‘Brian Stelter is a liar. I know how to deal with liars,’ Sandmann’s attorney Lin Wood warned the CNN host.
Covington Catholic student Nicholas Sandmann’s lawyer, Lin Wood, accused CNN’s Brian Stelter of breaching a confidentiality agreement Friday after the host retweeted speculation on the settlement. The accusation comes hours after Sandmann settled a $250M lawsuit with the Washington Post.
Stelter retweeted a comment from attorney Mark S. Zaid commenting on Sandmann’s defamation case Thursday.
“Those with zero legal experience (as far as I can tell) should not be conjecturing on lawsuits they know nothing about. What kind of journalism is that?” Zaid asked. “I’ve litigated defamation cases. [Sandmann] was undoubtedly paid nuisance value settlement & nothing more.”
How sad. https://t.co/ktasILol6O
— Benny (@bennyjohnson) July 27, 2020
Sandmann’s lawyer Lin Wood responded publicly to the retweet on Friday, accusing Stelter of violating a confidentiality agreement by retweeting Zaid’s comment.
“This retweet by @brianstelter may have cost him his job at @CNN,” Wood wrote. “It is called breach of confidentiality agreement. Brian Stelter is a liar. I know how to deal with liars.”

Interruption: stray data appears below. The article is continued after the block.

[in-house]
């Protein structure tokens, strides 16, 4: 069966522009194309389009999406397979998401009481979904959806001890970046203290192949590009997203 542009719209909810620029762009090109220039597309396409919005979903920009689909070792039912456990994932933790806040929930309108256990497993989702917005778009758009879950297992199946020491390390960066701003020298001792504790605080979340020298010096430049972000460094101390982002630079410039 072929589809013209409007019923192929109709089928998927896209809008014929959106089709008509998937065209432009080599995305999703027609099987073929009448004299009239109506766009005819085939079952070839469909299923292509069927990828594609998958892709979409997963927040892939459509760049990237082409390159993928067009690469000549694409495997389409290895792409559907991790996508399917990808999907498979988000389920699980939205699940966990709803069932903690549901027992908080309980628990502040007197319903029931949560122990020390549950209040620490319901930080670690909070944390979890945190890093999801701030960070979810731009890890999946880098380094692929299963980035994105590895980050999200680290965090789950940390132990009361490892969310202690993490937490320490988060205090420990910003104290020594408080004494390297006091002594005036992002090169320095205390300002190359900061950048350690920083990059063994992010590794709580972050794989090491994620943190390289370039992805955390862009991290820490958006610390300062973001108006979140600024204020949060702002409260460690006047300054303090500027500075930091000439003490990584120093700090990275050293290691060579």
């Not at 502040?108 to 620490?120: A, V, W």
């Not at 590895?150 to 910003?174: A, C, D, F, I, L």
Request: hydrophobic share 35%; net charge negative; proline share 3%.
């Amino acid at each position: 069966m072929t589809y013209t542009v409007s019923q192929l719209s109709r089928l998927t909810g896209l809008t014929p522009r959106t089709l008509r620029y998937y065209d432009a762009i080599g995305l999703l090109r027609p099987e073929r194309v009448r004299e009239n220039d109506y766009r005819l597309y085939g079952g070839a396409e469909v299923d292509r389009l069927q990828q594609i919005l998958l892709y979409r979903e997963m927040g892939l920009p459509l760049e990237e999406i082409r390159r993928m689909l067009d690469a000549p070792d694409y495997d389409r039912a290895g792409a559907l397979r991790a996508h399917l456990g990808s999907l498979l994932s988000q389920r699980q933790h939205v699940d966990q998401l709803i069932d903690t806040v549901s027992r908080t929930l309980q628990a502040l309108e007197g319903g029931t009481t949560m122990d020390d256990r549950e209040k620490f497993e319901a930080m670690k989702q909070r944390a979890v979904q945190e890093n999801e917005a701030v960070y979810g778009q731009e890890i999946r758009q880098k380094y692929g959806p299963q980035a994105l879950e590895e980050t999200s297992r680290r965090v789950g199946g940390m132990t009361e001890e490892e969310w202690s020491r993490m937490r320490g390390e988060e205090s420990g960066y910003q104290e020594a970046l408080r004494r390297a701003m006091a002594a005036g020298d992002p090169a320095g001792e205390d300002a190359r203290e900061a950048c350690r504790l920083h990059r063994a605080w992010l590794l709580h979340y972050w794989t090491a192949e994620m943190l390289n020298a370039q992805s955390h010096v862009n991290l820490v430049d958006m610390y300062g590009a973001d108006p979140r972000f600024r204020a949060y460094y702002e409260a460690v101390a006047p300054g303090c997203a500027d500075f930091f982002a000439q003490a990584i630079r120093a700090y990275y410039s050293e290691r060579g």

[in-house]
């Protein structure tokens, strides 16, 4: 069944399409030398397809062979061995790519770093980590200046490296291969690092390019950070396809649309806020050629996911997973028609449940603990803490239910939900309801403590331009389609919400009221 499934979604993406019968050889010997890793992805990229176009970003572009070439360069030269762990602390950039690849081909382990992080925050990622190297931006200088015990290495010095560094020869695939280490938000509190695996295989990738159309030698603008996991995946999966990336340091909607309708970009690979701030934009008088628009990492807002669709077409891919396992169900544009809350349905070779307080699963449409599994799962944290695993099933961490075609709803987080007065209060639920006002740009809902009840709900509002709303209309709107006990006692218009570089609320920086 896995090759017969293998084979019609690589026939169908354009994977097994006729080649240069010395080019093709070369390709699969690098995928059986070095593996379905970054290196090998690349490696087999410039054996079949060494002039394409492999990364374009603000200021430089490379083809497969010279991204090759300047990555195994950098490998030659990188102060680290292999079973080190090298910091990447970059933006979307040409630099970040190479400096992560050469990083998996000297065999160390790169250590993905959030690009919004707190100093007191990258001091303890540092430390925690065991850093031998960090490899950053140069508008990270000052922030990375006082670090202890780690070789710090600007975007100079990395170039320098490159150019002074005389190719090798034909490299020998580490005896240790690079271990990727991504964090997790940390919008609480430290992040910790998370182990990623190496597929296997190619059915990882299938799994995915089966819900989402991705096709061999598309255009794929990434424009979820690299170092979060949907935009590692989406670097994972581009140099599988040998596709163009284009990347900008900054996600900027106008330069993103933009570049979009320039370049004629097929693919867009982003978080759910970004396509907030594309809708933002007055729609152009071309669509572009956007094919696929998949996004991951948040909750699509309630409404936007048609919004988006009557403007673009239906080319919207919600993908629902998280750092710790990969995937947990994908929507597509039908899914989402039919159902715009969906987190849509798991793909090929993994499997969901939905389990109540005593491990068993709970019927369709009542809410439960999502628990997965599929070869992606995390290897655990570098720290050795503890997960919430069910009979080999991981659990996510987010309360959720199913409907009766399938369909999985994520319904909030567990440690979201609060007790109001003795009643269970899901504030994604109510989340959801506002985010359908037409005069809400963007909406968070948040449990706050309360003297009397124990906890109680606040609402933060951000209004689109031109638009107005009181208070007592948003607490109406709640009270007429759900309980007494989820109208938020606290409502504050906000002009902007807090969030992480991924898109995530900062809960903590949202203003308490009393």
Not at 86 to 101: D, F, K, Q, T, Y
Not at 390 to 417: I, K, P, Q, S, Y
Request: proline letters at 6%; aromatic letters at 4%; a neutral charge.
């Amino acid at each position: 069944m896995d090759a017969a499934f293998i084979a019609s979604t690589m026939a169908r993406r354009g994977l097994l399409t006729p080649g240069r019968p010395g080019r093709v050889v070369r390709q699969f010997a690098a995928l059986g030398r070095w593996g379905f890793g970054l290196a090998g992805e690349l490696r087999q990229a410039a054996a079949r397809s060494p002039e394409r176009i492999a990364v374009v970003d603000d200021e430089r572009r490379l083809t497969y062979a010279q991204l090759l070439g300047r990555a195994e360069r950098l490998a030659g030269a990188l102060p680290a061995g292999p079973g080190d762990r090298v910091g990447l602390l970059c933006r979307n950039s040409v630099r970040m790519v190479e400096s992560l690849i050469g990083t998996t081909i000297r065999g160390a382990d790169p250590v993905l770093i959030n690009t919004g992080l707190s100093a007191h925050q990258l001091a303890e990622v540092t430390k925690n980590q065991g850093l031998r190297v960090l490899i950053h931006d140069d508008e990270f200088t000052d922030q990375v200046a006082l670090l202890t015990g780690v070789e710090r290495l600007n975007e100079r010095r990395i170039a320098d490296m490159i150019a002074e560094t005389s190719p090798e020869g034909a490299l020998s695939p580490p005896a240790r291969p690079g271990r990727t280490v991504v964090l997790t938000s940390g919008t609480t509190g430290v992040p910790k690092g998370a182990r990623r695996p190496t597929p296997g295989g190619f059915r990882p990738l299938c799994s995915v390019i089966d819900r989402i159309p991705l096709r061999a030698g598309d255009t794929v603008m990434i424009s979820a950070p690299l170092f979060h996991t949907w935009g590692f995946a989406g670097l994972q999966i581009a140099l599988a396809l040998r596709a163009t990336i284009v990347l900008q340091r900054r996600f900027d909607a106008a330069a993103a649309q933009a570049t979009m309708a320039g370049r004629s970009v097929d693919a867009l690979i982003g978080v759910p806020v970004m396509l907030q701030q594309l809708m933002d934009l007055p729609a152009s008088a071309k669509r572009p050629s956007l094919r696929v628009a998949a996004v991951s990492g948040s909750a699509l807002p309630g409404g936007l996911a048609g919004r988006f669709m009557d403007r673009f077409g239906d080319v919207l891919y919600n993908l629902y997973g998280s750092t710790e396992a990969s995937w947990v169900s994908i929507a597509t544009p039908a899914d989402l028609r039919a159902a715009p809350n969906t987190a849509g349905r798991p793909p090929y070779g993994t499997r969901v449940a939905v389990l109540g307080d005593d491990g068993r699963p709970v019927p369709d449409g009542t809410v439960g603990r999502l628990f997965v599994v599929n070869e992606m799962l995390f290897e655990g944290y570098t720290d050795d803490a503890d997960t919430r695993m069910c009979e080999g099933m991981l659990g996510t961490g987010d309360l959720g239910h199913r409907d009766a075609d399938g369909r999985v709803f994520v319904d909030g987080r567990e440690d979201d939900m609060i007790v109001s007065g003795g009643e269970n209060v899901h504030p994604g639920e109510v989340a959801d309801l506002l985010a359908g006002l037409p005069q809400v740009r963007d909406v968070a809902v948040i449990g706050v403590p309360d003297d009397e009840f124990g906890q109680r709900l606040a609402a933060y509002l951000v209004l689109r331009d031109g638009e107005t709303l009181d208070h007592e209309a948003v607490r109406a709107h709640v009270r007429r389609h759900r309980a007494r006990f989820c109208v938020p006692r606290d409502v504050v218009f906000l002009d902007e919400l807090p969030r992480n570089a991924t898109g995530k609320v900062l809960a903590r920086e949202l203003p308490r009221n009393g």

Wood accused the “Reliable Sources” host of breaching his network’s own confidentiality agreement with his client.
The cash award for the CNN settlement was not made public.
Wood leveled a similar charge against Washington Post reporter Dan Zak, who suggested on Friday that the Post settled “for a small amount… in order to avoid a more expensive trial,” later adding that it’s the “American way,” according to Fox News.
Zak has since deleted the tweet, but he doubled down on the assertion, writing, “I delete about 30 percent of my tweets within 15 minutes. All are deleted within four months via Tweet Delete! Except really old tweets, which Tweet Delete doesn’t reach. But I stand by this theory! It’s the American way.”
Sandmann made headlines in 2019 after a story claiming he mocked Nathan Phillips, a Native American protester, began to fall apart following wide media coverage. In fact, Sandmann and the group of Covington students were being verbally harassed by protesters, according to further video footage.